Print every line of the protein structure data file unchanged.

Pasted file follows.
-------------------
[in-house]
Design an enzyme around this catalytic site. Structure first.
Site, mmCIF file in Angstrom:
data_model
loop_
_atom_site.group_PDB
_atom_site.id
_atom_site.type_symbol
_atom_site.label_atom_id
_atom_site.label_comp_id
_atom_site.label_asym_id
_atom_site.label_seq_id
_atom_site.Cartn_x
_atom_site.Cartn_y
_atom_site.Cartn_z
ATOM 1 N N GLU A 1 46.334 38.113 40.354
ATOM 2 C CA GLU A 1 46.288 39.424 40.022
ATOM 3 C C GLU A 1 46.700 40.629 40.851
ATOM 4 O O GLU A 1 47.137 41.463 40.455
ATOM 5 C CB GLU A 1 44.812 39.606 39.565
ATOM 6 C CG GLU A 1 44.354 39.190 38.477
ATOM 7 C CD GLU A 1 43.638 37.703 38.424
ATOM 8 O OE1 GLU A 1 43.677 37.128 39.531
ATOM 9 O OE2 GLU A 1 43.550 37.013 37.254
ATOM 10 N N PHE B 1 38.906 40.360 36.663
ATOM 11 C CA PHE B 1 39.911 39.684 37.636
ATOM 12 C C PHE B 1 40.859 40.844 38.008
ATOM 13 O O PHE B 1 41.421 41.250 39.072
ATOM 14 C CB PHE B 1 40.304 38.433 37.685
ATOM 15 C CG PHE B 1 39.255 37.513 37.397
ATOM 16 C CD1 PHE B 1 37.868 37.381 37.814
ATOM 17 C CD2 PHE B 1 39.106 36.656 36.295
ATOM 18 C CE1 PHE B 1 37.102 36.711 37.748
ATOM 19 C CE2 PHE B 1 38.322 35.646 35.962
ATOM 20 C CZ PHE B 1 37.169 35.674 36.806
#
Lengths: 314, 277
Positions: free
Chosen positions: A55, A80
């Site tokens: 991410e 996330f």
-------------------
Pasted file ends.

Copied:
[in-house]
Design an enzyme around this catalytic site. Structure first.
Site, mmCIF file in Angstrom:
data_model
loop_
_atom_site.group_PDB
_atom_site.id
_atom_site.type_symbol
_atom_site.label_atom_id
_atom_site.label_comp_id
_atom_site.label_asym_id
_atom_site.label_seq_id
_atom_site.Cartn_x
_atom_site.Cartn_y
_atom_site.Cartn_z
ATOM 1 N N GLU A 1 46.334 38.113 40.354
ATOM 2 C CA GLU A 1 46.288 39.424 40.022
ATOM 3 C C GLU A 1 46.700 40.629 40.851
ATOM 4 O O GLU A 1 47.137 41.463 40.455
ATOM 5 C CB GLU A 1 44.812 39.606 39.565
ATOM 6 C CG GLU A 1 44.354 39.190 38.477
ATOM 7 C CD GLU A 1 43.638 37.703 38.424
ATOM 8 O OE1 GLU A 1 43.677 37.128 39.531
ATOM 9 O OE2 GLU A 1 43.550 37.013 37.254
ATOM 10 N N PHE B 1 38.906 40.360 36.663
ATOM 11 C CA PHE B 1 39.911 39.684 37.636
ATOM 12 C C PHE B 1 40.859 40.844 38.008
ATOM 13 O O PHE B 1 41.421 41.250 39.072
ATOM 14 C CB PHE B 1 40.304 38.433 37.685
ATOM 15 C CG PHE B 1 39.255 37.513 37.397
ATOM 16 C CD1 PHE B 1 37.868 37.381 37.814
ATOM 17 C CD2 PHE B 1 39.106 36.656 36.295
ATOM 18 C CE1 PHE B 1 37.102 36.711 37.748
ATOM 19 C CE2 PHE B 1 38.322 35.646 35.962
ATOM 20 C CZ PHE B 1 37.169 35.674 36.806
#
Lengths: 314, 277
Positions: free
Chosen positions: A55, A80
């Site tokens: 991410e 996330f």